After missing out on making Ken Whisenhunt their head coach, the Detroit Lions moved quickly to lock up Jim Caldwell as the man to take over the franchise.
Caldwell has spent the past season and a half as the offensive coordinator of the Baltimore Ravens, helping the team to a victory in Super Bowl XLVII. During that championship run, Caldwell re-emphasized the running game with Ray Rice, although it was Joe Flacco’s on-point passing that was the biggest story of Baltimore’s post-season success. This year, the Ravens’ offensive line woes led to major struggles in the rushing game — as any Ray Rice fantasy owner can attest. As such, a larger burden was placed on Flacco and the results were mixed.
Of course, this won’t be Caldwell’s first go-round as a head coach. He led the Indianapolis Colts from 2009-2011 after the departure of Tony Dungy. In his first season at the helm, Caldwell led Indy to a 14-2 record and an ultimate loss in the Super Bowl. The next season, the Colts finished 10-6 with a first-round playoff loss to the Jets. Things weren’t quite so rosy in 2011 when Peyton Manning missed the entire season with neck surgery and Indianapolis finished 2-14.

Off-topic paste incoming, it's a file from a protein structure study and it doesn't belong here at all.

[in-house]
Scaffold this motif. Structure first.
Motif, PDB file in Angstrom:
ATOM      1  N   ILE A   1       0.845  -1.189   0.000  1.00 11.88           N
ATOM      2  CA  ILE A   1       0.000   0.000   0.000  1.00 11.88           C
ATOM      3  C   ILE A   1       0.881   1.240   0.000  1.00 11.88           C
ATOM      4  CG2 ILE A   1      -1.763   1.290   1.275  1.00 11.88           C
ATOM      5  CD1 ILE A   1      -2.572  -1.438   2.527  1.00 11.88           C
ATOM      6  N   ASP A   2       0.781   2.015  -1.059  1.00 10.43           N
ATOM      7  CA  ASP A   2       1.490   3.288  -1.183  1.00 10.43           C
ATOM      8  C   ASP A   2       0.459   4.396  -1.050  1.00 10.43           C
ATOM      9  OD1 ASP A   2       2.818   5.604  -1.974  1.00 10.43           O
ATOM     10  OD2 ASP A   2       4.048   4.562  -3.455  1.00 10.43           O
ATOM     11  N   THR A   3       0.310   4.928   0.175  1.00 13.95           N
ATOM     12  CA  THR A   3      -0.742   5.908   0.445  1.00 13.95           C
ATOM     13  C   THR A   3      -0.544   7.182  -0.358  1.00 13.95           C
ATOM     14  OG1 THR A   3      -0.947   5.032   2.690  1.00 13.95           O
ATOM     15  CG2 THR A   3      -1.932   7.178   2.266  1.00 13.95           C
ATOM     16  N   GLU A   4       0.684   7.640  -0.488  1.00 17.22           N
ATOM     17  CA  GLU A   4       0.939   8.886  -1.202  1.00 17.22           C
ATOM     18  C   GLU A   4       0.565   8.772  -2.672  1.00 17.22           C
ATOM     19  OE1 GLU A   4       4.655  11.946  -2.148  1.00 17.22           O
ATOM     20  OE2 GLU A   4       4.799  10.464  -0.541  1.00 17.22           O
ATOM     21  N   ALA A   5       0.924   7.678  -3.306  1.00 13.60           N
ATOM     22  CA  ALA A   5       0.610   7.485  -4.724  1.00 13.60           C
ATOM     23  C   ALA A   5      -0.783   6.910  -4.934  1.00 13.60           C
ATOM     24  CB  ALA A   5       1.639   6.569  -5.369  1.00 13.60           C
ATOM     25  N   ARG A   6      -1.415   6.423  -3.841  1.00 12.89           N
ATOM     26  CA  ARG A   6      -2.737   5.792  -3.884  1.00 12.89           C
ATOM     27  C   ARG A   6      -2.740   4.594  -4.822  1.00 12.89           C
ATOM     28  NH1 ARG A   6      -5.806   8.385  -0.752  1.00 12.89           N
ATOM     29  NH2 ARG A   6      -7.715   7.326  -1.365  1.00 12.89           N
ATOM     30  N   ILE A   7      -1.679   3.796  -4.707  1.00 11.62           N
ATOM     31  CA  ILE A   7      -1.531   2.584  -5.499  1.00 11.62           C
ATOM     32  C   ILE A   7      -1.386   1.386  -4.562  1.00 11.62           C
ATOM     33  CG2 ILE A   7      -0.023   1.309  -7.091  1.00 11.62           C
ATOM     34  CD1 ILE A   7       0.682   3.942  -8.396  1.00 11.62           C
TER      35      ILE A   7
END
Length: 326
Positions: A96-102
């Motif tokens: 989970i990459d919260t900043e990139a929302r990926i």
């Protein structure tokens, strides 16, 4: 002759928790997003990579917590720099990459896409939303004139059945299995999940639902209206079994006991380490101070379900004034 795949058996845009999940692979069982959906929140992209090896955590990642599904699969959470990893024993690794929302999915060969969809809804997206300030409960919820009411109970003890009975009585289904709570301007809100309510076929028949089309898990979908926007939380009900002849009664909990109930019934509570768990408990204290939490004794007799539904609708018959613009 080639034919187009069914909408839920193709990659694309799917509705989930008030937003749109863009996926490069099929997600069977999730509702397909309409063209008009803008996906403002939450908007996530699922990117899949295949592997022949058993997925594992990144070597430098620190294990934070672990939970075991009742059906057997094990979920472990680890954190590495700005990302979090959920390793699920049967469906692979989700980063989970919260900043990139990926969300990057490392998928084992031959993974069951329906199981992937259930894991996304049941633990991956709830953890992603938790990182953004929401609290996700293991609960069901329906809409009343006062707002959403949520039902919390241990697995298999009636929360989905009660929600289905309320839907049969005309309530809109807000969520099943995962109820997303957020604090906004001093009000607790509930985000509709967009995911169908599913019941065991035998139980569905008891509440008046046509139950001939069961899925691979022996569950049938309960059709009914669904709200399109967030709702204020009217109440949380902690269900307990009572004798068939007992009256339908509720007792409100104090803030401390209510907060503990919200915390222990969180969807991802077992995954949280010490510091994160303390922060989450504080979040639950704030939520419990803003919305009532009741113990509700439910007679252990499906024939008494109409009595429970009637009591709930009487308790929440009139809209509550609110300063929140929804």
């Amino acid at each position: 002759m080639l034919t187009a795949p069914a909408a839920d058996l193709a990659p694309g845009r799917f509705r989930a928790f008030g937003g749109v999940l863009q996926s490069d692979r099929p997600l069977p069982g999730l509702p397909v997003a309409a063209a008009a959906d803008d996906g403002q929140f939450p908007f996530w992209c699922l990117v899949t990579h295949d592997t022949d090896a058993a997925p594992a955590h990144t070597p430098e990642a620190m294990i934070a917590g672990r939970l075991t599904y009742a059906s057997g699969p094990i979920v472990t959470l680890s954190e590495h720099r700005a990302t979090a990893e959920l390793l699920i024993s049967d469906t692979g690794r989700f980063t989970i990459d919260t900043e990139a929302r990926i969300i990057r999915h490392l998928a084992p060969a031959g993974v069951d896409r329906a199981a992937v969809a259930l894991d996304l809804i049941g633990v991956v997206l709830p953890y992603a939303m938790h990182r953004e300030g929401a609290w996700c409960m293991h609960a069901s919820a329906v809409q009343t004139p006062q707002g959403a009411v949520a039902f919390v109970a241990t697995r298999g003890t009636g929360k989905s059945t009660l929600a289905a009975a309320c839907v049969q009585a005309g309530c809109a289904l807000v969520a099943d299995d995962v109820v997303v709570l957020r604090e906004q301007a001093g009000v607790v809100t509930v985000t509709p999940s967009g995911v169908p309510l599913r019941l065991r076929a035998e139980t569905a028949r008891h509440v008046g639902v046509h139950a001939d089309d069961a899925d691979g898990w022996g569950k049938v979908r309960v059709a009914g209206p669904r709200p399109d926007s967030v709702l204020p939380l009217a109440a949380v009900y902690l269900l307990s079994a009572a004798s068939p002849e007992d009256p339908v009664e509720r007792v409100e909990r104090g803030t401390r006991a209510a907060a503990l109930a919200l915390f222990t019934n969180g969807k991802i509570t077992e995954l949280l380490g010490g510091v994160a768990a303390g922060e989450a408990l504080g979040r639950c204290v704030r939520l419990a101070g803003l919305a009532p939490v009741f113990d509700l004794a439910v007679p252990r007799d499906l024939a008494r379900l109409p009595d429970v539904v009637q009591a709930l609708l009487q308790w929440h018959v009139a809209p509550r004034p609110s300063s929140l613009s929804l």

Now Caldwell heads to Detroit where he will once again find himself in charge of a pass-first offense. It would seem to bode well for Matthew Stafford to have Caldwell now on his side. The biggest question will be whether the coach can curb the quarterback’s sometimes-reckless ways in the pocket. In his final six games in 2013, Stafford threw 11 interceptions compared to just eight touchdowns. That was bad news for fantasy owners and even worse news for the Lions, who lost seven of their final eight games to miss the playoffs.
As goes Stafford, so goes the Lions offense. That means the success of the quarterback will have a direct impact on the fantasy fortunes of Calvin Johnson, Reggie Bush, Joique Bell (if he returns to Detroit) and others. For now, Stafford remains a QB1 in most leagues, but it will be interesting to see what influence Caldwell has on him.
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